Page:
Part II - Chapter Four
When the first cold days set in Emma left her bedroom for the sitting-room, a long apartment with a low ceiling, in which there was on the mantelpiece a large bunch of coral spread out against the looking-glass. Seated in her arm chair near the window, she could see the villagers pass along the pavement.
Twice a day Leon went from his office to the Lion d'Or. Emma could hear him coming from afar; she leant forward listening, and the young man glided past the curtain, always dressed in the same way, and without turning his head. But in the twilight, when, her chin resting on her left hand, she let the embroidery she had begun fall on her knees, she often shuddered at the apparition of this shadow suddenly gliding past. She would get up and order the table to be laid.
Monsieur Homais called at dinner-time. Skull-cap in hand, he came in on tiptoe, in order to disturb no one, always repeating the same phrase, "Good evening, everybody." Then, when he had taken his seat at the table between the pair, he asked the doctor about his patients, and the latter consulted his as to the probability of their payment. Next they talked of "what was in the paper."
Homais by this hour knew it almost by heart, and he repeated it from end to end, with the reflections of the penny-a-liners, and all the stories of individual catastrophes that had occurred in France or abroad. But the subject becoming exhausted, he was not slow in throwing out some remarks on the dishes before him.
Sometimes even, half-rising, he delicately pointed out to madame the tenderest morsel, or turning to the servant, gave her some advice on the manipulation of stews and the hygiene of seasoning.
He talked aroma, osmazome, juices, and gelatine in a bewildering manner. Moreover, Homais, with his head fuller of recipes than his shop of jars, excelled in making all kinds of preserves, vinegars, and sweet liqueurs; he knew also all the latest inventions in economic stoves, together with the art of preserving cheese and of curing sick wines.
At eight o'clock Justin came to fetch him to shut up the shop.
Then Monsieur Homais gave him a sly look, especially if Felicite was there, for he half noticed that his apprentice was fond of the doctor's house.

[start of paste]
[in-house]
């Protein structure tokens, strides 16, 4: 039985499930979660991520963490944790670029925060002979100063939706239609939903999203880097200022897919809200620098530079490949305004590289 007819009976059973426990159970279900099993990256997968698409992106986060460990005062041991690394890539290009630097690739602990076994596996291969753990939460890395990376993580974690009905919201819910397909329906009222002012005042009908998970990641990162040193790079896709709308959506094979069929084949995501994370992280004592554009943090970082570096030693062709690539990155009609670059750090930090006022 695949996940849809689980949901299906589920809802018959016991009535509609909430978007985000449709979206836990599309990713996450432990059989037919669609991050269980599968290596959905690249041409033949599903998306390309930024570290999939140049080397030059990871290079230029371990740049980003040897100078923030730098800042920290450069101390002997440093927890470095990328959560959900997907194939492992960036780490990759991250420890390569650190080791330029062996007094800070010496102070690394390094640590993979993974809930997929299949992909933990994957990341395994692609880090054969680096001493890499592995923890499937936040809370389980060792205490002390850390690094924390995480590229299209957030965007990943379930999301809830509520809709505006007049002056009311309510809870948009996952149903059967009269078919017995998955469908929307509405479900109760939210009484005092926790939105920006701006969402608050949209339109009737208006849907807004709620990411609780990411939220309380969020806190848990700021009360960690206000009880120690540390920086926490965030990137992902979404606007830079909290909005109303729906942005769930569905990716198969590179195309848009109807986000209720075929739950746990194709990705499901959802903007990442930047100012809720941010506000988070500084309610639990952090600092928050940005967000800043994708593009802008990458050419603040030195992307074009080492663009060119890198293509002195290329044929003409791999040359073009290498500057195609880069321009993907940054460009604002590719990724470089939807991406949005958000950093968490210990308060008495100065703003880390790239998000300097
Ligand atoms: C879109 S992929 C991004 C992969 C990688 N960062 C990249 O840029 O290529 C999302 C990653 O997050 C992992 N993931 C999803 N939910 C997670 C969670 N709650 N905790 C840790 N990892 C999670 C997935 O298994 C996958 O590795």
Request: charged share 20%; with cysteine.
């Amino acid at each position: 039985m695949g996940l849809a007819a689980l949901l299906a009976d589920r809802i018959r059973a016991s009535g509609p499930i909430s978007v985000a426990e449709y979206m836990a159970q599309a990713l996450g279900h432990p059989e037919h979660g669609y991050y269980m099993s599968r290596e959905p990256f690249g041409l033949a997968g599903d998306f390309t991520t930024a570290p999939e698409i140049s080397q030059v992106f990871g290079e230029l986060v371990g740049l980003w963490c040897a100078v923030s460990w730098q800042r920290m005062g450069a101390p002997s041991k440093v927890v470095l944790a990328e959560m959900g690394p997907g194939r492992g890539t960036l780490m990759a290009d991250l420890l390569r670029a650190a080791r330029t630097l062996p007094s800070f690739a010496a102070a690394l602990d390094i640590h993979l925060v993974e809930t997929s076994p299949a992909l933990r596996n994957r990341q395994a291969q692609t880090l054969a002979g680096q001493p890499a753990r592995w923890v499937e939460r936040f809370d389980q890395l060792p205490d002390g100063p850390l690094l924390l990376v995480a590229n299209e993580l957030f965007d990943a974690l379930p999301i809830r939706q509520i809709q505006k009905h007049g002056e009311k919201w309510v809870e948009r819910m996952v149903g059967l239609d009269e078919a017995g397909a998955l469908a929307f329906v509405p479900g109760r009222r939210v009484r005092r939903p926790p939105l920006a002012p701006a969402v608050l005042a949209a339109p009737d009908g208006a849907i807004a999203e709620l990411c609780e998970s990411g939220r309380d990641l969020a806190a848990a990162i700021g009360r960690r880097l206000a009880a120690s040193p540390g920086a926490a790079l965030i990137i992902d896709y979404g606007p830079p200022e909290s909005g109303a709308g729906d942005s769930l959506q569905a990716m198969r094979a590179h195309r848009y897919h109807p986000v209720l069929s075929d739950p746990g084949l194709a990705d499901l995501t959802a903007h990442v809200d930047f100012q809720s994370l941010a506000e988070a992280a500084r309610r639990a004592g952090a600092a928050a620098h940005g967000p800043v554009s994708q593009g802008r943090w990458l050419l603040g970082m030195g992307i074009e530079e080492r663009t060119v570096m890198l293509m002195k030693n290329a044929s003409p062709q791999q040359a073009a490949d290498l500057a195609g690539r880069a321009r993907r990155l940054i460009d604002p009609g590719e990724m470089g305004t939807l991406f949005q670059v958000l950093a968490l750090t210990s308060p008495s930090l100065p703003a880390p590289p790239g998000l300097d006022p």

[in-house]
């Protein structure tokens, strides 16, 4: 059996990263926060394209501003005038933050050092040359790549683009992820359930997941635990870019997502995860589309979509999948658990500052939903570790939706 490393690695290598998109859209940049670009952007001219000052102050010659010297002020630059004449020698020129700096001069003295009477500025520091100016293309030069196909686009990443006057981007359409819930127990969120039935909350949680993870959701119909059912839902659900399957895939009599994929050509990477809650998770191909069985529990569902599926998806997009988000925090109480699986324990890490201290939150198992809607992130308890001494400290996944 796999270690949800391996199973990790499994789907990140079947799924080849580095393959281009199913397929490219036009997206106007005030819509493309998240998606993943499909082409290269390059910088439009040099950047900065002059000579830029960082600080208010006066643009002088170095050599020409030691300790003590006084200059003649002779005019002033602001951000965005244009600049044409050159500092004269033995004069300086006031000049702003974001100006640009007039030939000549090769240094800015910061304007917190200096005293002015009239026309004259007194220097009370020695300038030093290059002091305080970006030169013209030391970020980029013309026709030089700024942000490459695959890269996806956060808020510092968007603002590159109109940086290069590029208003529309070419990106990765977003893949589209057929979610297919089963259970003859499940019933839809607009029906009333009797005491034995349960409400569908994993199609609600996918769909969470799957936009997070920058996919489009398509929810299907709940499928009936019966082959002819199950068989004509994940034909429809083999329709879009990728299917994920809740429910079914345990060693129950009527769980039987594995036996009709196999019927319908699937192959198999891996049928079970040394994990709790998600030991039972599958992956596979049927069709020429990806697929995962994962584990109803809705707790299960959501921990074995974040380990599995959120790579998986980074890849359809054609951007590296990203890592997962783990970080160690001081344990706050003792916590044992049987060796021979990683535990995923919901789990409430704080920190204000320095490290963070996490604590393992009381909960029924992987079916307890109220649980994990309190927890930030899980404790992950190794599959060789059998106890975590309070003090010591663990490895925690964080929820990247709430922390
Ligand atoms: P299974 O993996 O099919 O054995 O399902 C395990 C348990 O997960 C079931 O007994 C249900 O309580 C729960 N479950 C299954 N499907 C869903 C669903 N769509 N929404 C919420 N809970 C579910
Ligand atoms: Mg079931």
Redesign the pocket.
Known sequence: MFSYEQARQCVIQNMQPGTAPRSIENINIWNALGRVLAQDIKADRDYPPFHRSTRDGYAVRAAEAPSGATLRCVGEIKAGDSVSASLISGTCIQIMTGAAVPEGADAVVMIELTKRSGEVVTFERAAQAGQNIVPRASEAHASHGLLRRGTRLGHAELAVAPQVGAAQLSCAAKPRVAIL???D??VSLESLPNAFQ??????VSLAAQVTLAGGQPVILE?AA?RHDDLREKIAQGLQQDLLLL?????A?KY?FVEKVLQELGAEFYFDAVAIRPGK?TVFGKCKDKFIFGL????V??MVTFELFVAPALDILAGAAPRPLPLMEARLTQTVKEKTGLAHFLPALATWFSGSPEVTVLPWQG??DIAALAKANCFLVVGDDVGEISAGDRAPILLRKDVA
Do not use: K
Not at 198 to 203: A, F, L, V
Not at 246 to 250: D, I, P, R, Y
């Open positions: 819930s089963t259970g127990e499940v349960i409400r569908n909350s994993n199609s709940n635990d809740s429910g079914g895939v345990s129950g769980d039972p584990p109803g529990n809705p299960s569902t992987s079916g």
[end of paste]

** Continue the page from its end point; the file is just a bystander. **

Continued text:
"The young dog," he said, "is beginning to have ideas, and the devil take me if I don't believe he's in love with your servant!"
But a more serious fault with which he reproached Justin was his constantly listening to conversation. On Sunday, for example, one could not get him out of the drawing-room, whither Madame Homais had called him to fetch the children, who were falling asleep in the arm-chairs, and dragging down with their backs calico chair-covers that were too large.
Not many people came to these soirees at the chemist's, his scandal-mongering and political opinions having successfully alienated various respectable persons from him. The clerk never failed to be there. As soon as he heard the bell he ran to meet Madame Bovary, took her shawl, and put away under the shop-counter the thick list shoes that she wore over her boots when there was snow.
First they played some hands at trente-et-un; next Monsieur Homais played ecarte with Emma; Leon behind her gave her advice.
Standing up with his hands on the back of her chair he saw the teeth of her comb that bit into her chignon. With every movement that she made to throw her cards the right side of her dress was drawn up. From her turned-up hair a dark colour fell over her back, and growing gradually paler, lost itself little by little in the shade. Then her dress fell on both sides of her chair, puffing out full of folds, and reached the ground. When Leon occasionally felt the sole of his boot resting on it, he drew back as if he had trodden upon some one.